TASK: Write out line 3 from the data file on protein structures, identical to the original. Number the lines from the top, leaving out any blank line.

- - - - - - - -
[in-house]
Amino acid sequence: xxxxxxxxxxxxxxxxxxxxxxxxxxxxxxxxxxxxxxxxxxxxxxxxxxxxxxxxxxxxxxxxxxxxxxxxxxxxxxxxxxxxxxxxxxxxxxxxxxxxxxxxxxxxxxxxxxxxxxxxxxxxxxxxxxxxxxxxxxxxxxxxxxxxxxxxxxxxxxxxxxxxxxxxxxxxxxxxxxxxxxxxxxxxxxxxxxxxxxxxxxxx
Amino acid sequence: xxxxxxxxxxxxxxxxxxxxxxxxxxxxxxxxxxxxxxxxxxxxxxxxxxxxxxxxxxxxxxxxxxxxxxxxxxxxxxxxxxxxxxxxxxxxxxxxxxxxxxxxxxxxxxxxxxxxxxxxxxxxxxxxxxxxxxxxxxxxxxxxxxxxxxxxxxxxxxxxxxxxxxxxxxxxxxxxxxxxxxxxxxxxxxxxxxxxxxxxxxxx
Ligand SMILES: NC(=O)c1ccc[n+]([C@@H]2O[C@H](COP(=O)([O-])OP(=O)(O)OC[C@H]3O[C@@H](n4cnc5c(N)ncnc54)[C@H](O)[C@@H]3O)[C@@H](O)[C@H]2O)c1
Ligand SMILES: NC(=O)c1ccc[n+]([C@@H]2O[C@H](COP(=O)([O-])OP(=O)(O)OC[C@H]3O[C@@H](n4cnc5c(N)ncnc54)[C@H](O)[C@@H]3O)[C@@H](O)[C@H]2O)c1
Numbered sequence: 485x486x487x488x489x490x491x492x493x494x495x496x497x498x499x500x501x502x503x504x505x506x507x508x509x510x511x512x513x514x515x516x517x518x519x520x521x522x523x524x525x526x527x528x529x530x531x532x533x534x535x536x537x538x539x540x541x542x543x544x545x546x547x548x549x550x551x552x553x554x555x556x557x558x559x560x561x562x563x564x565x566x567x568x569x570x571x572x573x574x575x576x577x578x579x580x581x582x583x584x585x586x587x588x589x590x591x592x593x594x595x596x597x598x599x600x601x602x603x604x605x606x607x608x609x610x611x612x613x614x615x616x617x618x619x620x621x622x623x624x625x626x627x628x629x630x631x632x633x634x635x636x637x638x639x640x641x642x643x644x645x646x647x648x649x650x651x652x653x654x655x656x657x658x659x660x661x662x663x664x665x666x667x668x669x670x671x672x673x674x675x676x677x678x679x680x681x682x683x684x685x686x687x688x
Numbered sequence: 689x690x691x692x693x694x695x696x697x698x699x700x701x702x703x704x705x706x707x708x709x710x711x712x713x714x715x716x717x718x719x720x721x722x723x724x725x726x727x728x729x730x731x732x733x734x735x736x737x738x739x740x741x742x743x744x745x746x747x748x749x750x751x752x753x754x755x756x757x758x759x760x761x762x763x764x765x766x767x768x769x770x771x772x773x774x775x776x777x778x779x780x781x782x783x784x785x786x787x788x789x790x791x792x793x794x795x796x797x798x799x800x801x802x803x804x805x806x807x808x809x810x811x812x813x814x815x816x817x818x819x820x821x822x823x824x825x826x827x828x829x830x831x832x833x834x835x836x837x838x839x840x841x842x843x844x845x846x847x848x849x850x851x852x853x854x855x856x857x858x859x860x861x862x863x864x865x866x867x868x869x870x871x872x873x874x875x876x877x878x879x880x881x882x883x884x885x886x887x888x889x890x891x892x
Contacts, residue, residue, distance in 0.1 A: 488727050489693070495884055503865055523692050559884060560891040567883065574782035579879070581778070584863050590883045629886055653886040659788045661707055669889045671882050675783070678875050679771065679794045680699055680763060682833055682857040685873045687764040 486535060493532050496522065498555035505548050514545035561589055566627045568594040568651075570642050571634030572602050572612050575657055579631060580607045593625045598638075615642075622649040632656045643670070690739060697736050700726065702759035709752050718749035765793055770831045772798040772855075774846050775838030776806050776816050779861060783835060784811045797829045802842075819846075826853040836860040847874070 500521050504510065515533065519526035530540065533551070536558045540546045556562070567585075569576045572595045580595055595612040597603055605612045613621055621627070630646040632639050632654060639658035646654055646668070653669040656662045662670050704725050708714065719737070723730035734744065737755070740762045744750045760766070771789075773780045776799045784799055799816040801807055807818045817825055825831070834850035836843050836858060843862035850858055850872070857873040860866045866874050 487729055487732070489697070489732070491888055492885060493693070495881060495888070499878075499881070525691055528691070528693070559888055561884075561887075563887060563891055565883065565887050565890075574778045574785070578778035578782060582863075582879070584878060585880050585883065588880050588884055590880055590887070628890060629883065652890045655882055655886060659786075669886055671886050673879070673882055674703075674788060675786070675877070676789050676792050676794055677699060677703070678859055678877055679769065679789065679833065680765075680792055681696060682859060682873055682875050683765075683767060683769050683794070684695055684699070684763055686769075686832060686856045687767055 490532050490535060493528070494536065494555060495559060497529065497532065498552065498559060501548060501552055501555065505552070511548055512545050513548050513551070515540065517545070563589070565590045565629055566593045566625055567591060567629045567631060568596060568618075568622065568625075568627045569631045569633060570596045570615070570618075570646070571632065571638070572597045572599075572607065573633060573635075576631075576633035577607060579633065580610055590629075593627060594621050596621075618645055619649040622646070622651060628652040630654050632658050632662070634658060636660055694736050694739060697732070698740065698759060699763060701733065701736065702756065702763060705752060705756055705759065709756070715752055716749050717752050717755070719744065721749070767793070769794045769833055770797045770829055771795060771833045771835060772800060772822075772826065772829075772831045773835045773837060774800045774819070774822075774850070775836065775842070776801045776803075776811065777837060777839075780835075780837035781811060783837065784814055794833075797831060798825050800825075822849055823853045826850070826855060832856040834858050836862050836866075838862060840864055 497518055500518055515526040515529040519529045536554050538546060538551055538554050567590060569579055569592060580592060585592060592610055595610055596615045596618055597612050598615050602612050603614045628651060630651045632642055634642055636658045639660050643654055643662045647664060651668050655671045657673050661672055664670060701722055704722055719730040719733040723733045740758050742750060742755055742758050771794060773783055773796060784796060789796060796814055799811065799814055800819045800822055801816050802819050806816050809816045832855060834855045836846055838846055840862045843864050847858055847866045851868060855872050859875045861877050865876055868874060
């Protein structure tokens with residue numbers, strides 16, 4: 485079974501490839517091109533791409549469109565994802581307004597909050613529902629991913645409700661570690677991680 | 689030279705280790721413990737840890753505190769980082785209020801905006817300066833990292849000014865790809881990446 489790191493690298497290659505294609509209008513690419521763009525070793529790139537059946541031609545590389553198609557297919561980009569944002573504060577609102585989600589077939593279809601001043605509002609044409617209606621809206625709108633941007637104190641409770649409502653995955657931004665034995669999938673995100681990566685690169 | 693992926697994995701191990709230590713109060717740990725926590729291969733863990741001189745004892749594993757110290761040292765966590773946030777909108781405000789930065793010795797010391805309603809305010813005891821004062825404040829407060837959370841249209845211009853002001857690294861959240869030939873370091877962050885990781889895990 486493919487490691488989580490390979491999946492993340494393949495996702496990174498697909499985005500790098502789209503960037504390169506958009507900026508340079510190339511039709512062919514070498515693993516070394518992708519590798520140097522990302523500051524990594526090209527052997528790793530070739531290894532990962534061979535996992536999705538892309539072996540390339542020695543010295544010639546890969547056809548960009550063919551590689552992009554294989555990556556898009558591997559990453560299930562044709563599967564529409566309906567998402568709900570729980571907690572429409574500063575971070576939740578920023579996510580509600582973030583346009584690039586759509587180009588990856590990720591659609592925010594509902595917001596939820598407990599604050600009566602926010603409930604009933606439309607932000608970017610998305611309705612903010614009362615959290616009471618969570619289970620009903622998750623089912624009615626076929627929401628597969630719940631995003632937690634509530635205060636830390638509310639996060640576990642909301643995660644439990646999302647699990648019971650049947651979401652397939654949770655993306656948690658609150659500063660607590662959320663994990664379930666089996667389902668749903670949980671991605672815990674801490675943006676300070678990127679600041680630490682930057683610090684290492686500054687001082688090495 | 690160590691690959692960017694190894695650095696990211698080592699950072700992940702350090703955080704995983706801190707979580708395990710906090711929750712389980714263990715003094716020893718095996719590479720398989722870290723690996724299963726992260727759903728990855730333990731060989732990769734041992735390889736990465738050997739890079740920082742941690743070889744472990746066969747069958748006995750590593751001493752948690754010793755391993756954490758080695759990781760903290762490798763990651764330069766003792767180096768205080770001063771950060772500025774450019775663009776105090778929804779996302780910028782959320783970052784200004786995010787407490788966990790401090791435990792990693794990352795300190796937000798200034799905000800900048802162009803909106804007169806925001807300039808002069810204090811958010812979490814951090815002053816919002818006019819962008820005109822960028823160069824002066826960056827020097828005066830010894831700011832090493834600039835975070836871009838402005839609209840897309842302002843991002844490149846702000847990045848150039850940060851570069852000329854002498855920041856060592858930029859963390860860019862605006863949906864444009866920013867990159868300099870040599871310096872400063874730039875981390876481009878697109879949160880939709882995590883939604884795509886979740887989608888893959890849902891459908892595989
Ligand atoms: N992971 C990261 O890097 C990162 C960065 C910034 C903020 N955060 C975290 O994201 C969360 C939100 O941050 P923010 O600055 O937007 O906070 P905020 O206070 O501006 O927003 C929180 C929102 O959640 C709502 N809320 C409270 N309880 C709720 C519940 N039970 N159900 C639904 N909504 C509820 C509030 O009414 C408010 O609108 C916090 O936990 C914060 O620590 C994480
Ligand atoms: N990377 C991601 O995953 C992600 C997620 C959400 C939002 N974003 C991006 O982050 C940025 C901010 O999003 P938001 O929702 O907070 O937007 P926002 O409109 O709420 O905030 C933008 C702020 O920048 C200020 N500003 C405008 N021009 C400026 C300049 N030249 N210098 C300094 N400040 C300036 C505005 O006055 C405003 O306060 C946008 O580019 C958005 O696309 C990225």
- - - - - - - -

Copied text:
Amino acid sequence: xxxxxxxxxxxxxxxxxxxxxxxxxxxxxxxxxxxxxxxxxxxxxxxxxxxxxxxxxxxxxxxxxxxxxxxxxxxxxxxxxxxxxxxxxxxxxxxxxxxxxxxxxxxxxxxxxxxxxxxxxxxxxxxxxxxxxxxxxxxxxxxxxxxxxxxxxxxxxxxxxxxxxxxxxxxxxxxxxxxxxxxxxxxxxxxxxxxxxxxxxxxx